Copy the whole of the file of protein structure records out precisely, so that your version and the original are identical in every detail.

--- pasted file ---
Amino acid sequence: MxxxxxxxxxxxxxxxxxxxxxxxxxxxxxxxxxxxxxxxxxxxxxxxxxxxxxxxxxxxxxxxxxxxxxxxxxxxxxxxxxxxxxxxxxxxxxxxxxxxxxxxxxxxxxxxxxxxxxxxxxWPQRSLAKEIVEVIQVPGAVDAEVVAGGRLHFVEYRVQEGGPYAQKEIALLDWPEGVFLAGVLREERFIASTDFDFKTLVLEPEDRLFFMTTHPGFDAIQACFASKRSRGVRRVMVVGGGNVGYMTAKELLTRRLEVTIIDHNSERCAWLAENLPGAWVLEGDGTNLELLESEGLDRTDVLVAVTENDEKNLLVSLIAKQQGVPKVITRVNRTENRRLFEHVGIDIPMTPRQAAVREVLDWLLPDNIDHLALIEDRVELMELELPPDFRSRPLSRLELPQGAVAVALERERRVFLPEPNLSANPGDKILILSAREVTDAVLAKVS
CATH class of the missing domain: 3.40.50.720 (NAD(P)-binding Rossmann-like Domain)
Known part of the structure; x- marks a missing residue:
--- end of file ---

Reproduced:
Amino acid sequence: MxxxxxxxxxxxxxxxxxxxxxxxxxxxxxxxxxxxxxxxxxxxxxxxxxxxxxxxxxxxxxxxxxxxxxxxxxxxxxxxxxxxxxxxxxxxxxxxxxxxxxxxxxxxxxxxxxxxxxxxxxWPQRSLAKEIVEVIQVPGAVDAEVVAGGRLHFVEYRVQEGGPYAQKEIALLDWPEGVFLAGVLREERFIASTDFDFKTLVLEPEDRLFFMTTHPGFDAIQACFASKRSRGVRRVMVVGGGNVGYMTAKELLTRRLEVTIIDHNSERCAWLAENLPGAWVLEGDGTNLELLESEGLDRTDVLVAVTENDEKNLLVSLIAKQQGVPKVITRVNRTENRRLFEHVGIDIPMTPRQAAVREVLDWLLPDNIDHLALIEDRVELMELELPPDFRSRPLSRLELPQGAVAVALERERRVFLPEPNLSANPGDKILILSAREVTDAVLAKVS
CATH class of the missing domain: 3.40.50.720 (NAD(P)-binding Rossmann-like Domain)
Known part of the structure; x- marks a missing residue: